Relative to any other sector, the SaaS industry is uniquely transparent. This sharing of best practices means bootstrapped entrepreneurs – from Brazil to Boise – can become “self-taught experts” just by studying freely available playbooks, YouTube videos of sessions from SaaStr’s conferences (subscribe here), and slide decks.

In my opinion, the most informative and useful SaaS content “speaks for itself” and is well suited for future reference. The slides from Battery Ventures’ “State of the OpenCloud” event meet that standard. 

With too many examples from SaaStr Annual 2021 to call out specifically, here are 2 “Cloud talks plus decks” that I can imagine the Self-Taught Founder relying upon:

David Sacks On SaaS Org Charts

Full Session YouTube

Example Referenceable Slide + Full Deck:

Mark Roberge On The Science of Scaling

Full YouTube Session

Example Referenceable Slide + Full Deck:


The flagship deck from Battery Ventures’ recent OpenCloud event is an equally authoritative and durable resource.

While the entire Battery Ventures’ OpenCloud 2021 deck is worth reading, I wanted to call out 4 specific OpenCloud 2021 slides for the Self-Taught Founder:

#1 – Top of Funnel Conversion Rule of 20s

This 20-20-20 data is amazingly useful to that Self-Taught Founder building out their GTM operating model.

An important warning that is always worth repeating: DO THE MATH.

20% times 20% becomes 4%. Not that bad – 4% of the top of your funnel become active users. Unfortunately, multiplying that by a further 20% takes you down to 0.8%. So only 0.8% of the top of the funnel become paid users!

Importantly, translate that math further into how much “traffic” you need when every 1,000 “visitors” lead to only 8 paid users.

That math can be daunting.

Let’s assume you have a $2,000/month product (which is a healthy if high ACV for an early-stage PLG GTM motion) and need to grow your ARR by $600,000 to hit your plan, which translates to needing 25 new paid accounts. That requires 3,125 top-of-the-funnel “visitors.”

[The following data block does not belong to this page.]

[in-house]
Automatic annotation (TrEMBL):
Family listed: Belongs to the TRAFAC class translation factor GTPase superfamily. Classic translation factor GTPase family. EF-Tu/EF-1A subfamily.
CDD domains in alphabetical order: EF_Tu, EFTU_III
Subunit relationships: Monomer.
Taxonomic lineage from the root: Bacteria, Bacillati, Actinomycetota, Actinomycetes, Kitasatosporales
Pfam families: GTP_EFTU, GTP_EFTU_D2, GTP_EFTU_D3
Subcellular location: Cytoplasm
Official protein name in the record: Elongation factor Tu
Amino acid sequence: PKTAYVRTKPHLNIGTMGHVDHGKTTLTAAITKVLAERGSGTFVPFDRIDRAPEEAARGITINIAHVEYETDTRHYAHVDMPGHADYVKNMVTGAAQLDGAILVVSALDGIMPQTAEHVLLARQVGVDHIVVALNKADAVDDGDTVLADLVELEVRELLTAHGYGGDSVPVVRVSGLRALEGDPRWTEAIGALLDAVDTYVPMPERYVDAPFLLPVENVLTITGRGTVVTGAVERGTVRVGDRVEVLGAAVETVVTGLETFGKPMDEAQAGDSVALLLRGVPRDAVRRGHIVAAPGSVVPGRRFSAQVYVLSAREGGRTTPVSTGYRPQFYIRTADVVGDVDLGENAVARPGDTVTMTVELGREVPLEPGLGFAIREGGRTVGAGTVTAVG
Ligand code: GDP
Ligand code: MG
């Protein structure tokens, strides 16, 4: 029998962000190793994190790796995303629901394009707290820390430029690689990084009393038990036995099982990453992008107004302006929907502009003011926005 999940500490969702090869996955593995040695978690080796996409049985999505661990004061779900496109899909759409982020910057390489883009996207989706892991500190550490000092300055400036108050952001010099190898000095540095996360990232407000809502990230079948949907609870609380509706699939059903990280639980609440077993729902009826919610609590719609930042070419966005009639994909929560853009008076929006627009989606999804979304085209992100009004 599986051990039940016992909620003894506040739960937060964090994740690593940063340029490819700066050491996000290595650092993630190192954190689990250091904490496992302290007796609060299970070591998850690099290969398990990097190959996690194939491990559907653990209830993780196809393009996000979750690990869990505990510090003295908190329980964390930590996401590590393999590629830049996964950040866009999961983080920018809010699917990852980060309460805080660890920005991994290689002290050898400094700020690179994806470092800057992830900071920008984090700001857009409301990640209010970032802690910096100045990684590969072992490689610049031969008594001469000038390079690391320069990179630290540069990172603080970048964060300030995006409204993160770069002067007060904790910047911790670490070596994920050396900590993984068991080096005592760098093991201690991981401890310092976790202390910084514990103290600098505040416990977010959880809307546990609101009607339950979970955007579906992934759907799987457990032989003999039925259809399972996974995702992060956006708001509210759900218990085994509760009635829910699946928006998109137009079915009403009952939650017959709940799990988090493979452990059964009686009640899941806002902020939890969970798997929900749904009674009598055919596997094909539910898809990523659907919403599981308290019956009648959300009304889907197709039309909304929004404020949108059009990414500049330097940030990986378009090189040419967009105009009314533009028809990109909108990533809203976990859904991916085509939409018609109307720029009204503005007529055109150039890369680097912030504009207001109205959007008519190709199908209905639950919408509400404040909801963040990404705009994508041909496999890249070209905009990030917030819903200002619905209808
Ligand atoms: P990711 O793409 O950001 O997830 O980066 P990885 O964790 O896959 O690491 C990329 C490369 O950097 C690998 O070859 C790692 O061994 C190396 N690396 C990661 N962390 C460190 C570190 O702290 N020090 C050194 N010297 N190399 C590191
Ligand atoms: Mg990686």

That is certainly doable… but in a noisy world with hundreds of SaaS companies competing hard for the same developers on GitHub, by no means is driving that “traffic” easy.

So when building out your forecast, do the math and work backwards to the top of funnel metrics you need under this 20-20-20 framework.

#2 – Product Qualified Lead To Marketing Qualified Lead Ratio

Just like David Sacks’ SaaS Org Charts talk + slides, this Battery slide on the evolution of PQLs versus MQLs by company stage is a great standalone reference point.

#3 – Cloud = Consistently Bigger Than Expected

By laying out how SaaS IPOs have consistently grown faster than expectations, this slide might inspire the Self-Taught Founder to invest in growth more aggressively, or recognize their total addressable market (TAM) will end up bigger than expected, or even hold out for a higher exit valuation. 

Related SaaStr Reading:

Why The Law of Large Numbers is Just an Excuse

Now back to the final call out from Battery Ventures’ 2021 “State of the OpenCloud”:

#4 – The Advantages of Consumption-Based Pricing

The favorable consumption-based pricing metrics on this Battery slide speak for themselves. And are very aligned with OpenView’s research on usage-based pricing.

The message is clear: if you can implement usage-based pricing, do it.

Bonus: More SaaS “Rule of 40” Data

The much lower R-squared (0.22 vs 0.63) of the “Rule of 40” versus revenue growth is consistent with our recent analysis that suggests the SaaS “Rule of 40” has declined in importance.

Additional Resources: SaaStr Annual 2021 Sessions Worth Studying

If you are that Self-Taught Founder looking for sessions to study, these curated round-ups from our 2021 conference might help you prioritize:


6 Top Sessions On Scaling From SaaStr Annual 2021


5 Great Marketing Sessions From SaaStr Annual 2021 with CMOs of Datadog, G2, BlackLine, Marqeta and Dave Kellogg

Customer Success:

5 Top Customer Success Talks at SaaStr Annual 2021


4 Great Sessions On Product From SaaStr Annual 2021 With CXOs from Box, Brex, Loom, and Slack


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